Making Changes To Your Life

Timing Your Workers' Comp Claim

by Kristin Hawkins

When it comes to seeking benefits for a work-related accident or illness, it's all about the timing. Your employer's workers' compensation insurance plan should provide you with some valuable benefits but you need to take action quickly and abide by the rules. To find out why the timing of your actions matter, read on.

State Rules Vary

Workers' compensation insurance is a private business but is overseen by each state. That means the coverage and rules will vary somewhat from state to state. The information below is general in nature and references common rules about workers' comp in many states. To get more precise information, access your state's workers' compensation board online. In most places, there are time limits between 30 and 90 days for claims to be filed. If you are unable to contact your employer for some reason, exceptions to the time rule may exist. Being in the hospital, for example, can extend the deadline for filing a claim.

When to File Claims

In most cases, the sooner you file your claim, the better your chances of having a successful claim experience the better. Workers' compensation insurers may be highly suspicious of claims filed long after an accident or illness has occurred. To the insurer, delayed claims can make it appear that the filer doesn't have a work-related injury or that they are faking an injury to fraudulently collect benefits.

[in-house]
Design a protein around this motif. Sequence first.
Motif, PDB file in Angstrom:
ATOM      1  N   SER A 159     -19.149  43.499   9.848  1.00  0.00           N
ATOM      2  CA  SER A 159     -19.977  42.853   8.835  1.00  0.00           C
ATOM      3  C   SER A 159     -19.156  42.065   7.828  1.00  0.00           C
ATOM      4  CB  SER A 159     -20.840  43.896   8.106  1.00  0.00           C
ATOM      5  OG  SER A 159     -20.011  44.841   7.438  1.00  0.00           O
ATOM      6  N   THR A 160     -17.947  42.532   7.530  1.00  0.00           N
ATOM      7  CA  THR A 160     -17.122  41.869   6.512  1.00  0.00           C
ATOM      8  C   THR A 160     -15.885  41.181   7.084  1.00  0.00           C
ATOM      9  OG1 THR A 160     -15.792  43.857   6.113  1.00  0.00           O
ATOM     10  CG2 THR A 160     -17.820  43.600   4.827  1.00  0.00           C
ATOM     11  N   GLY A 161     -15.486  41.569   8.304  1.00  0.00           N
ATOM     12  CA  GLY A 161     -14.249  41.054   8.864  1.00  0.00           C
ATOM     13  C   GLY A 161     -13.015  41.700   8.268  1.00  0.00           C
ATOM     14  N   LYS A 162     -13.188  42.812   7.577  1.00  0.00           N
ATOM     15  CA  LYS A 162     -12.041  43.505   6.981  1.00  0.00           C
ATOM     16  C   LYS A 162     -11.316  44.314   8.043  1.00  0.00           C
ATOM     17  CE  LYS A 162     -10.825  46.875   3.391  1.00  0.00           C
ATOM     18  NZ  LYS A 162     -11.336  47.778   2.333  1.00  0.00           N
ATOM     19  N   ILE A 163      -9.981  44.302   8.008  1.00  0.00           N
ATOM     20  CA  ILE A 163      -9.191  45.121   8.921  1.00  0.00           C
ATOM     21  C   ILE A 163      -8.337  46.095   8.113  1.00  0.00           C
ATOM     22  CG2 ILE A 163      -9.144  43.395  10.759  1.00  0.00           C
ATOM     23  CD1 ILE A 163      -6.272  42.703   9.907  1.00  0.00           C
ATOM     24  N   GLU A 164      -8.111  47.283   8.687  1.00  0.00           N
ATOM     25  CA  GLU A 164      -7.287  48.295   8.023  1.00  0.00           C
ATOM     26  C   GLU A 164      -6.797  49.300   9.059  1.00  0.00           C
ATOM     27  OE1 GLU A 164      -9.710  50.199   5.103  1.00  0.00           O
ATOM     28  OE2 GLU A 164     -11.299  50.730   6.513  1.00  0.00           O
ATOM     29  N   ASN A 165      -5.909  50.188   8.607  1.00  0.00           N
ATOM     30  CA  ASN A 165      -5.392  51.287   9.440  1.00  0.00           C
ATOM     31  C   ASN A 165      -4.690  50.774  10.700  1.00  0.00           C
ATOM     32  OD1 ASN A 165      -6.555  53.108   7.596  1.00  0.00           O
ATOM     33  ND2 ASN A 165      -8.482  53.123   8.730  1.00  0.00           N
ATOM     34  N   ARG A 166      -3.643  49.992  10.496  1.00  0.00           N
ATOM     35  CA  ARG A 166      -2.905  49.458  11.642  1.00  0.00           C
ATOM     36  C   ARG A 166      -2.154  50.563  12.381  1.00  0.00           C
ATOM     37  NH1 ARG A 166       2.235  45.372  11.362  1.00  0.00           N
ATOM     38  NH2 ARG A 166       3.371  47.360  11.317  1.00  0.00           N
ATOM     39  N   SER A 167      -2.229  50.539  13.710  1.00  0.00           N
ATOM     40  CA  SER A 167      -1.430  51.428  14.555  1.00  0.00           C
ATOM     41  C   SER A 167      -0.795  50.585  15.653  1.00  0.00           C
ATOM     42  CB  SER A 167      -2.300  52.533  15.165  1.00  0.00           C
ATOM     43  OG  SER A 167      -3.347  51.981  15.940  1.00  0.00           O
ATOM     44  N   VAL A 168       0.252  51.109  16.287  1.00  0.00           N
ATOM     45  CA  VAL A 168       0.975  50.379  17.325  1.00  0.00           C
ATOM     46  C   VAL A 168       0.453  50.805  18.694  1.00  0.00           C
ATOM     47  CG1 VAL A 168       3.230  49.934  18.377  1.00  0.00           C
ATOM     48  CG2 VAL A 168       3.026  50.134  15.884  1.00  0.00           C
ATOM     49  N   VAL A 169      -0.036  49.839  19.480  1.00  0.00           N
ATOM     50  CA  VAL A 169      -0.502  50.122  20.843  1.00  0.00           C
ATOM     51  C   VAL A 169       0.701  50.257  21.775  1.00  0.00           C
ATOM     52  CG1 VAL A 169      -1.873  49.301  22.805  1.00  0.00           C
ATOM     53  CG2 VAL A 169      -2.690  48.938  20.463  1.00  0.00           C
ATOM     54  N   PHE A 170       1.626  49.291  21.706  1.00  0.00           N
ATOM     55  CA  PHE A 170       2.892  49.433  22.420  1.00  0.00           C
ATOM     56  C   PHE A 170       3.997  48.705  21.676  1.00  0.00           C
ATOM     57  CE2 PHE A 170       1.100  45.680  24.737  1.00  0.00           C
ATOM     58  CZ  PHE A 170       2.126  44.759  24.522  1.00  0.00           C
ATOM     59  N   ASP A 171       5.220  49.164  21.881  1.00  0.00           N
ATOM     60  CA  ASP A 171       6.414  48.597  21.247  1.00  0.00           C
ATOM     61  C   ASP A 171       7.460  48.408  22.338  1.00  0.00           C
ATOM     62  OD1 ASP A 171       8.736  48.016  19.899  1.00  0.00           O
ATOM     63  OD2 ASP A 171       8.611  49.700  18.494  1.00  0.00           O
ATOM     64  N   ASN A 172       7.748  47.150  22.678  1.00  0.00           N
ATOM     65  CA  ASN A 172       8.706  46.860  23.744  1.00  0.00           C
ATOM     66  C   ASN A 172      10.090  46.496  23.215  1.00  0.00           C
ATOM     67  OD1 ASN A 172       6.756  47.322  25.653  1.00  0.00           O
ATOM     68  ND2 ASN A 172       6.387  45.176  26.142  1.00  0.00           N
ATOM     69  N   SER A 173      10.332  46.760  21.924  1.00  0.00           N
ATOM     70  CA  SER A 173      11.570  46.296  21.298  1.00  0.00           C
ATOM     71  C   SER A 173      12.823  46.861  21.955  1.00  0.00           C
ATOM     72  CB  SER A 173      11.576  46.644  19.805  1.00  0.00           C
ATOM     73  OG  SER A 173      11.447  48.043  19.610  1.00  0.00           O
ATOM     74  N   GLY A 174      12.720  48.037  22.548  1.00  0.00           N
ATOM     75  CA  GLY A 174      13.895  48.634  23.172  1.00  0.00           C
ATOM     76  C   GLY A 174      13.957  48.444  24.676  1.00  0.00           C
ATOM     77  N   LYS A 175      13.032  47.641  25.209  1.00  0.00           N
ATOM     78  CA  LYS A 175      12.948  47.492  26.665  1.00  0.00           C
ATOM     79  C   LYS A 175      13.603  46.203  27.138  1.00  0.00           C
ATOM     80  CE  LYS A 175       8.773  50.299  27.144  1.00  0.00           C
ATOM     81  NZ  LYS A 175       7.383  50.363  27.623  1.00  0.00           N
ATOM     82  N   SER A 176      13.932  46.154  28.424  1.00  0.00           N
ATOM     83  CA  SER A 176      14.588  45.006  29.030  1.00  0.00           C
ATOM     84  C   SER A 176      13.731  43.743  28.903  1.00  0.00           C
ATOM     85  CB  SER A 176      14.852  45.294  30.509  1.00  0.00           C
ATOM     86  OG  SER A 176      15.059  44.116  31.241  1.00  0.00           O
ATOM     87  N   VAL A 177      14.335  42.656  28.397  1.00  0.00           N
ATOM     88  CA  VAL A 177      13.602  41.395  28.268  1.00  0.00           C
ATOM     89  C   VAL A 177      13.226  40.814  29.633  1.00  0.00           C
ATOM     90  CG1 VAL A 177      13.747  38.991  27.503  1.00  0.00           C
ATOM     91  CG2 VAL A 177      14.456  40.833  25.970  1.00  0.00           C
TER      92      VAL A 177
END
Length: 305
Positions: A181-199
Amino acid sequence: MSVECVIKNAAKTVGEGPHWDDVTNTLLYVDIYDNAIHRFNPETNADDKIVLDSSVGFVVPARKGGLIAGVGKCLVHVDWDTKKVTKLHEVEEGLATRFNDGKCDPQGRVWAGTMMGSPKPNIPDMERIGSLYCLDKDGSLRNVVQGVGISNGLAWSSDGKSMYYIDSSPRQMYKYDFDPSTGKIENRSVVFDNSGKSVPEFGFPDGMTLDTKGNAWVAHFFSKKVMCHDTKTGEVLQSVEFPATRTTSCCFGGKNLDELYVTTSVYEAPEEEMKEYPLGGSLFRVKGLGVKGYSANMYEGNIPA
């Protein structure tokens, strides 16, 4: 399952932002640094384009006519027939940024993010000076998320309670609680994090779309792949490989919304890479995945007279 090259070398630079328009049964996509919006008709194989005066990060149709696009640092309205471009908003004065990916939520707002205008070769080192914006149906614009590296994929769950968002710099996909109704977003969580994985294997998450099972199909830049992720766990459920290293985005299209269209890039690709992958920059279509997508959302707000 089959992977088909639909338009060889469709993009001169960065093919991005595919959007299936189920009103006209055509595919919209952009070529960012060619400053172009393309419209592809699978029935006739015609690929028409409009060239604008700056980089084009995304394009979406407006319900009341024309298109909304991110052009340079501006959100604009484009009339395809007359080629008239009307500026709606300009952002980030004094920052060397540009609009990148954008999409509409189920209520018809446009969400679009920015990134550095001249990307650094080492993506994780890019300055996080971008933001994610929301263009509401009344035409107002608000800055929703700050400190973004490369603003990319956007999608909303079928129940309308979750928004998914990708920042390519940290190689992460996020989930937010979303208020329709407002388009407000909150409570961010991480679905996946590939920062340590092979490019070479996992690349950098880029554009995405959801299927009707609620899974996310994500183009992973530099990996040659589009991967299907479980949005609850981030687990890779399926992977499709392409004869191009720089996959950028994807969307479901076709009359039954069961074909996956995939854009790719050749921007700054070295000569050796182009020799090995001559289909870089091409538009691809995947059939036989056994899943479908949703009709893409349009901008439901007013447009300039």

How to File Claims

Prompt attention to these tips for filing a claim will help make things smoother:

  1. Your first order of business should be to seek medical care for your injury. You cannot claim benefits without doing so.
  2. Let the doctor know that your injury occurred at work or that it was caused by your work.
  3. Even if your claim is not filed right away, be sure to inform your supervisor about your injury or illness right away.
  4. In some states, it is the supervisor's job to fill out the claim form which you will sign. In some, it may be filled out by the hurt worker. Some states provide claim forms online.
  5. Before the claim form is submitted, check it carefully for errors and omissions. Be as detailed as possible with descriptions, dates, times, names, and more.
  6. Speak to co-workers who saw the accident or know about the illness and explore the possibility of obtaining a video of the accident.
  7. Have someone photograph your injuries, if possible.

If you encounter problems filing a claim, are dealing with an uncooperative employer, or have had your claim for benefits denied, speak to a workers' compensation attorney as soon as you can.